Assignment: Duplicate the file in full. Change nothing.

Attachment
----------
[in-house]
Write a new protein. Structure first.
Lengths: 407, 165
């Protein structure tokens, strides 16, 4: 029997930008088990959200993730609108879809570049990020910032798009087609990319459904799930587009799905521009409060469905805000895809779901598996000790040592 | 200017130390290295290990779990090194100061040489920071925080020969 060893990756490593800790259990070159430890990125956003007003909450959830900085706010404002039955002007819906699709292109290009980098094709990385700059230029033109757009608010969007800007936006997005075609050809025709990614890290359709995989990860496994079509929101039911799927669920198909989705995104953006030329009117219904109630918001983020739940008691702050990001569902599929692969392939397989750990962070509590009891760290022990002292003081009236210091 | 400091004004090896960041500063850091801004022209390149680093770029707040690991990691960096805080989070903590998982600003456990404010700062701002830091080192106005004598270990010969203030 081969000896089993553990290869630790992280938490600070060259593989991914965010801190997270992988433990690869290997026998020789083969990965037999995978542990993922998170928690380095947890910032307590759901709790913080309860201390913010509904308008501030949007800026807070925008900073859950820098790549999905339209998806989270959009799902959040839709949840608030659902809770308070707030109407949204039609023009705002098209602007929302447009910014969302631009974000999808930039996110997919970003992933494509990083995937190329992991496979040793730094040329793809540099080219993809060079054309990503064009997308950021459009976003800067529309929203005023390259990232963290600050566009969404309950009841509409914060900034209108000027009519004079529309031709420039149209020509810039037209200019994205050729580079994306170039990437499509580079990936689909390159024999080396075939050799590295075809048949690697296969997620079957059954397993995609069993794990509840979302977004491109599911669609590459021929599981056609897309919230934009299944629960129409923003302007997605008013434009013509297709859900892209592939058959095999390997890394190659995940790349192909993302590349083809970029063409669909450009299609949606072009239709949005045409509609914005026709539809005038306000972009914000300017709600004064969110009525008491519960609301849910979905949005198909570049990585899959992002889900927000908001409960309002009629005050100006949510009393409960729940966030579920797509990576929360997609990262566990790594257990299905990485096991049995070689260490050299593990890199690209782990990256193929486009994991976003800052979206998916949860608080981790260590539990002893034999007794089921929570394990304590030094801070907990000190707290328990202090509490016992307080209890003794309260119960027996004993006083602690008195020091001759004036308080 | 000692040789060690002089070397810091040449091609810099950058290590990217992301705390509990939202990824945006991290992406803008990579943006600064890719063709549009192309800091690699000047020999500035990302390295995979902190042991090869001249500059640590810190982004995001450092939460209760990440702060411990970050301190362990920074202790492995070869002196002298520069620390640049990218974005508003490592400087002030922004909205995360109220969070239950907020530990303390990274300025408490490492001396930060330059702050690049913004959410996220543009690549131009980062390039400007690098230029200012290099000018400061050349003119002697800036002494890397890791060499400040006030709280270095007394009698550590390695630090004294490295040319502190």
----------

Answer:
[in-house]
Write a new protein. Structure first.
Lengths: 407, 165
């Protein structure tokens, strides 16, 4: 029997930008088990959200993730609108879809570049990020910032798009087609990319459904799930587009799905521009409060469905805000895809779901598996000790040592 | 200017130390290295290990779990090194100061040489920071925080020969 060893990756490593800790259990070159430890990125956003007003909450959830900085706010404002039955002007819906699709292109290009980098094709990385700059230029033109757009608010969007800007936006997005075609050809025709990614890290359709995989990860496994079509929101039911799927669920198909989705995104953006030329009117219904109630918001983020739940008691702050990001569902599929692969392939397989750990962070509590009891760290022990002292003081009236210091 | 400091004004090896960041500063850091801004022209390149680093770029707040690991990691960096805080989070903590998982600003456990404010700062701002830091080192106005004598270990010969203030 081969000896089993553990290869630790992280938490600070060259593989991914965010801190997270992988433990690869290997026998020789083969990965037999995978542990993922998170928690380095947890910032307590759901709790913080309860201390913010509904308008501030949007800026807070925008900073859950820098790549999905339209998806989270959009799902959040839709949840608030659902809770308070707030109407949204039609023009705002098209602007929302447009910014969302631009974000999808930039996110997919970003992933494509990083995937190329992991496979040793730094040329793809540099080219993809060079054309990503064009997308950021459009976003800067529309929203005023390259990232963290600050566009969404309950009841509409914060900034209108000027009519004079529309031709420039149209020509810039037209200019994205050729580079994306170039990437499509580079990936689909390159024999080396075939050799590295075809048949690697296969997620079957059954397993995609069993794990509840979302977004491109599911669609590459021929599981056609897309919230934009299944629960129409923003302007997605008013434009013509297709859900892209592939058959095999390997890394190659995940790349192909993302590349083809970029063409669909450009299609949606072009239709949005045409509609914005026709539809005038306000972009914000300017709600004064969110009525008491519960609301849910979905949005198909570049990585899959992002889900927000908001409960309002009629005050100006949510009393409960729940966030579920797509990576929360997609990262566990790594257990299905990485096991049995070689260490050299593990890199690209782990990256193929486009994991976003800052979206998916949860608080981790260590539990002893034999007794089921929570394990304590030094801070907990000190707290328990202090509490016992307080209890003794309260119960027996004993006083602690008195020091001759004036308080 | 000692040789060690002089070397810091040449091609810099950058290590990217992301705390509990939202990824945006991290992406803008990579943006600064890719063709549009192309800091690699000047020999500035990302390295995979902190042991090869001249500059640590810190982004995001450092939460209760990440702060411990970050301190362990920074202790492995070869002196002298520069620390640049990218974005508003490592400087002030922004909205995360109220969070239950907020530990303390990274300025408490490492001396930060330059702050690049913004959410996220543009690549131009980062390039400007690098230029200012290099000018400061050349003119002697800036002494890397890791060499400040006030709280270095007394009698550590390695630090004294490295040319502190």